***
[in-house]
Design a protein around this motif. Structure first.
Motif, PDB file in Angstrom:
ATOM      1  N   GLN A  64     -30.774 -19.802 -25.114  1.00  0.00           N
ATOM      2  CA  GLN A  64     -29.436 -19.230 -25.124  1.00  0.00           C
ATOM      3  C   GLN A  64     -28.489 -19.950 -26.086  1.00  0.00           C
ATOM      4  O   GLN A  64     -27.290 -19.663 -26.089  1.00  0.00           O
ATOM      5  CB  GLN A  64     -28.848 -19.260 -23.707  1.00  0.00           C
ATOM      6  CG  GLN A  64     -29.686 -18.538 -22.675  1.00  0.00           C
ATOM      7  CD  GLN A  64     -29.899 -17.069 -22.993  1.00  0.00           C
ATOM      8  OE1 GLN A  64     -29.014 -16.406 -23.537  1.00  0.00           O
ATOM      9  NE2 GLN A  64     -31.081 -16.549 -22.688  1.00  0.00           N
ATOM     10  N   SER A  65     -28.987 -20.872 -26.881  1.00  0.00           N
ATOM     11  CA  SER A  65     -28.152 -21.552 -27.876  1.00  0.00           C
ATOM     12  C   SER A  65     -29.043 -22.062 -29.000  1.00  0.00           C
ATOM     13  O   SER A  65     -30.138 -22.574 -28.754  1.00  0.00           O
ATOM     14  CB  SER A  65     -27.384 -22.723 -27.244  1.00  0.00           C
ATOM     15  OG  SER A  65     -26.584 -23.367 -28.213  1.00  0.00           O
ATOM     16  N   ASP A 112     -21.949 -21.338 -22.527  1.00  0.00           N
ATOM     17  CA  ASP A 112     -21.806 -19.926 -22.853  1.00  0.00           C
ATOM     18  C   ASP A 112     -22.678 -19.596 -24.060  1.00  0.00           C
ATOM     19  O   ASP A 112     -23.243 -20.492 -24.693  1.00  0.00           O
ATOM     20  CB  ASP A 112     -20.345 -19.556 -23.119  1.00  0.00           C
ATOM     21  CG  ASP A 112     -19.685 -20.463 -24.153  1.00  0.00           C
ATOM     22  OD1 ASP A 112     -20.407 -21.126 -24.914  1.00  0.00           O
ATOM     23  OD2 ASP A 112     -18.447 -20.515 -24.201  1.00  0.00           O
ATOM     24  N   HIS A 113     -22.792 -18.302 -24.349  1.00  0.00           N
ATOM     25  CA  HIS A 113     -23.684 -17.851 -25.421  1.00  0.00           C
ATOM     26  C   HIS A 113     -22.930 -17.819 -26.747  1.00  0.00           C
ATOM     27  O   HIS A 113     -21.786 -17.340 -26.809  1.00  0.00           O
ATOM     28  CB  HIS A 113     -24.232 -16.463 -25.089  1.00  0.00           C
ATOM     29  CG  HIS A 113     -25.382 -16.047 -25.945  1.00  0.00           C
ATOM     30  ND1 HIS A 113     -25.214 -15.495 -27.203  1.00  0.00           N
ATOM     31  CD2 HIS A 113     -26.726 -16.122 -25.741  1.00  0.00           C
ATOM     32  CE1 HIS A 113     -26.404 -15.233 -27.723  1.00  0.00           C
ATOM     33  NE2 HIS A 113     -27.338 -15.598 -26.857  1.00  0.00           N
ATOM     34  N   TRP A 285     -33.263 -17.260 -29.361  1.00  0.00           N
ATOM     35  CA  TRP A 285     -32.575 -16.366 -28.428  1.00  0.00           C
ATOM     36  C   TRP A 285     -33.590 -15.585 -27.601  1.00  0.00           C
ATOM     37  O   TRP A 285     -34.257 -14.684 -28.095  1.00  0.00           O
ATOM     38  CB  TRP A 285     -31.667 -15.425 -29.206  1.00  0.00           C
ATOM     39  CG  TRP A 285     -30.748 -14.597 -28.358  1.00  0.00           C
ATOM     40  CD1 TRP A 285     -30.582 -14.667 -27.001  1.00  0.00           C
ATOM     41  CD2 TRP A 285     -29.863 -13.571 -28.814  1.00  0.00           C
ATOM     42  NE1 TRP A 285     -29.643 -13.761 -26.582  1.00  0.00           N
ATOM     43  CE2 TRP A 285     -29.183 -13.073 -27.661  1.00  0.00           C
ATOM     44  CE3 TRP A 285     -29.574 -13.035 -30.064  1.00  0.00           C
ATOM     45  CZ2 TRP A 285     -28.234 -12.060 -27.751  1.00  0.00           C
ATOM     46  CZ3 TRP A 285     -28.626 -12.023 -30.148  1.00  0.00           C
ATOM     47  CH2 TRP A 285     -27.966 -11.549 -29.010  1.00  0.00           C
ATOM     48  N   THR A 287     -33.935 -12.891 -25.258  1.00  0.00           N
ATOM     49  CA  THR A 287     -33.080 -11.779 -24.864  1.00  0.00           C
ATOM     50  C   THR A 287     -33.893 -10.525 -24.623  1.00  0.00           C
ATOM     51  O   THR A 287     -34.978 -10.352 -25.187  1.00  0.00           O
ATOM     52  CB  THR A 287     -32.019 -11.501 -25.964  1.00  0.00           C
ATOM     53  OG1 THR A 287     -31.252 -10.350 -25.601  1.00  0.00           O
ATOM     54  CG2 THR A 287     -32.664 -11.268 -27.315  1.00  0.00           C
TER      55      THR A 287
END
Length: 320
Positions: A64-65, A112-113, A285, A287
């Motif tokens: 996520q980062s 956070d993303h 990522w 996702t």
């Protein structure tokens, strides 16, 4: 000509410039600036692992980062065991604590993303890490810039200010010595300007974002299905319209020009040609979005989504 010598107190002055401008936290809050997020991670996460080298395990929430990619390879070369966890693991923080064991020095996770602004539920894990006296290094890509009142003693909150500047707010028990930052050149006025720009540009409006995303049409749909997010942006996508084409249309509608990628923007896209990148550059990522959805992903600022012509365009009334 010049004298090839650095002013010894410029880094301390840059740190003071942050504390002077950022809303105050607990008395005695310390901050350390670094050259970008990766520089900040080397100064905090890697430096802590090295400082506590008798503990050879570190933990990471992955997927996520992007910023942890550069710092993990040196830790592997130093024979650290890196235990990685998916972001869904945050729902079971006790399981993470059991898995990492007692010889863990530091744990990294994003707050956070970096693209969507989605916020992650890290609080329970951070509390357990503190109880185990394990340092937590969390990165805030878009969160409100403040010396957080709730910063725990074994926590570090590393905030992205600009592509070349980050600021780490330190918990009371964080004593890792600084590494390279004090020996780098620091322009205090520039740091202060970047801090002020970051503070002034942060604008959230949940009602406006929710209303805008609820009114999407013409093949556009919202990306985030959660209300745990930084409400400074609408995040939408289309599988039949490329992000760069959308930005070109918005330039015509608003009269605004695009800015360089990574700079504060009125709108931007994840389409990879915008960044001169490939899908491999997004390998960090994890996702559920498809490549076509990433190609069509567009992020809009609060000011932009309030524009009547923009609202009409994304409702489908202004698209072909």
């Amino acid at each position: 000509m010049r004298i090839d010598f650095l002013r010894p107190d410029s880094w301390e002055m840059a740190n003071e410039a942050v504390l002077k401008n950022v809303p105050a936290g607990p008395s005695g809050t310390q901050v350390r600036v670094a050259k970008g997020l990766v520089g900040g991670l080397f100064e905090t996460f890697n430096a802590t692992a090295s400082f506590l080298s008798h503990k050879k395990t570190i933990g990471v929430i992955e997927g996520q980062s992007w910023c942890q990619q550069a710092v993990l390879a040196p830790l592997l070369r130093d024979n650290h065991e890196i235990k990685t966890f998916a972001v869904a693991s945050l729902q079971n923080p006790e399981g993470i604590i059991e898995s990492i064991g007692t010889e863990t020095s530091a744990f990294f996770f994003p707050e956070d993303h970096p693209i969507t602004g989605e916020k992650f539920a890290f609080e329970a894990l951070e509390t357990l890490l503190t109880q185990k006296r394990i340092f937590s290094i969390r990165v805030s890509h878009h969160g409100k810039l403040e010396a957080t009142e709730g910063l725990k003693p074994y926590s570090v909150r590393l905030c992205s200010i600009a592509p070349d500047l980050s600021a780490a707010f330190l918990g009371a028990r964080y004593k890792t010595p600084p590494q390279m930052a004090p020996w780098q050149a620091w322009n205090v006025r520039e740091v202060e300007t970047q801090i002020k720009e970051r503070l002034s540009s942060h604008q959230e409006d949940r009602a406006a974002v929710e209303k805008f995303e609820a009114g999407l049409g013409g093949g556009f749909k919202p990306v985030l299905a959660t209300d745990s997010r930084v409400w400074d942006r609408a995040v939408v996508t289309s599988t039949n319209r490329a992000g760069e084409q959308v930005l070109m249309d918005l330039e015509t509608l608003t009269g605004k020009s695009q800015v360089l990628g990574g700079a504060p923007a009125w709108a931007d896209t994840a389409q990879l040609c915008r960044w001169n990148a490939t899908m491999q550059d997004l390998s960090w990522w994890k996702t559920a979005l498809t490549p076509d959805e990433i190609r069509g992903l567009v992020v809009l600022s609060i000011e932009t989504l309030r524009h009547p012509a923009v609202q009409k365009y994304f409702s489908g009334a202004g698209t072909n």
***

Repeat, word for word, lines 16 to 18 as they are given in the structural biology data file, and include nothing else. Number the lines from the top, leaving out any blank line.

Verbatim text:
ATOM     13  O   SER A  65     -30.138 -22.574 -28.754  1.00  0.00           O
ATOM     14  CB  SER A  65     -27.384 -22.723 -27.244  1.00  0.00           C
ATOM     15  OG  SER A  65     -26.584 -23.367 -28.213  1.00  0.00           O